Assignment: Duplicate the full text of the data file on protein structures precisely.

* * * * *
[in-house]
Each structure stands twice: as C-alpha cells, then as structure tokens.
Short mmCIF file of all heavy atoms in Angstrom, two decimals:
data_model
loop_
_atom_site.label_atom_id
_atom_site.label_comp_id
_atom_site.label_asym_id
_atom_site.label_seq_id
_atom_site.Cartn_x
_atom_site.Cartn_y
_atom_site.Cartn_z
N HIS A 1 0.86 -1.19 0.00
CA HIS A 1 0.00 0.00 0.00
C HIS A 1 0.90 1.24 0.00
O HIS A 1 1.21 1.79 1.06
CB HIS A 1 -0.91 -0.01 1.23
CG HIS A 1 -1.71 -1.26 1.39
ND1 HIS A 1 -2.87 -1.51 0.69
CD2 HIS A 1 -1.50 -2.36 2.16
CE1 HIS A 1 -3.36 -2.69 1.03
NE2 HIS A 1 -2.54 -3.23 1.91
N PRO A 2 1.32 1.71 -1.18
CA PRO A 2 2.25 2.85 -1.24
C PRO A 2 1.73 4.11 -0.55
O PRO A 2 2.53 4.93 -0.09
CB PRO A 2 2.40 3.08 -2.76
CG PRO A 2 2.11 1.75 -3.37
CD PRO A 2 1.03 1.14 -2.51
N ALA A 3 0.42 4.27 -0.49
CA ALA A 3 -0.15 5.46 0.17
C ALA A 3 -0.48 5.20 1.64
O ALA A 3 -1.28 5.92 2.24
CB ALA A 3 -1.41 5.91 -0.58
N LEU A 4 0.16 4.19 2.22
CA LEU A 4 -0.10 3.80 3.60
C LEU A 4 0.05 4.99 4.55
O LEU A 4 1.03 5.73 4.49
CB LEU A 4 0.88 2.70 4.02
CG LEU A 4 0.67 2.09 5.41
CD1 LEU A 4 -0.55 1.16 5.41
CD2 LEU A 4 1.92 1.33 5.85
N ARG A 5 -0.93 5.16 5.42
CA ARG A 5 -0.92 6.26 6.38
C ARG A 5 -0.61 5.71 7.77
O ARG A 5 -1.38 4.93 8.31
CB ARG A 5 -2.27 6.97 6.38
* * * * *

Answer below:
[in-house]
Each structure stands twice: as C-alpha cells, then as structure tokens.
Short mmCIF file of all heavy atoms in Angstrom, two decimals:
data_model
loop_
_atom_site.label_atom_id
_atom_site.label_comp_id
_atom_site.label_asym_id
_atom_site.label_seq_id
_atom_site.Cartn_x
_atom_site.Cartn_y
_atom_site.Cartn_z
N HIS A 1 0.86 -1.19 0.00
CA HIS A 1 0.00 0.00 0.00
C HIS A 1 0.90 1.24 0.00
O HIS A 1 1.21 1.79 1.06
CB HIS A 1 -0.91 -0.01 1.23
CG HIS A 1 -1.71 -1.26 1.39
ND1 HIS A 1 -2.87 -1.51 0.69
CD2 HIS A 1 -1.50 -2.36 2.16
CE1 HIS A 1 -3.36 -2.69 1.03
NE2 HIS A 1 -2.54 -3.23 1.91
N PRO A 2 1.32 1.71 -1.18
CA PRO A 2 2.25 2.85 -1.24
C PRO A 2 1.73 4.11 -0.55
O PRO A 2 2.53 4.93 -0.09
CB PRO A 2 2.40 3.08 -2.76
CG PRO A 2 2.11 1.75 -3.37
CD PRO A 2 1.03 1.14 -2.51
N ALA A 3 0.42 4.27 -0.49
CA ALA A 3 -0.15 5.46 0.17
C ALA A 3 -0.48 5.20 1.64
O ALA A 3 -1.28 5.92 2.24
CB ALA A 3 -1.41 5.91 -0.58
N LEU A 4 0.16 4.19 2.22
CA LEU A 4 -0.10 3.80 3.60
C LEU A 4 0.05 4.99 4.55
O LEU A 4 1.03 5.73 4.49
CB LEU A 4 0.88 2.70 4.02
CG LEU A 4 0.67 2.09 5.41
CD1 LEU A 4 -0.55 1.16 5.41
CD2 LEU A 4 1.92 1.33 5.85
N ARG A 5 -0.93 5.16 5.42
CA ARG A 5 -0.92 6.26 6.38
C ARG A 5 -0.61 5.71 7.77
O ARG A 5 -1.38 4.93 8.31
CB ARG A 5 -2.27 6.97 6.38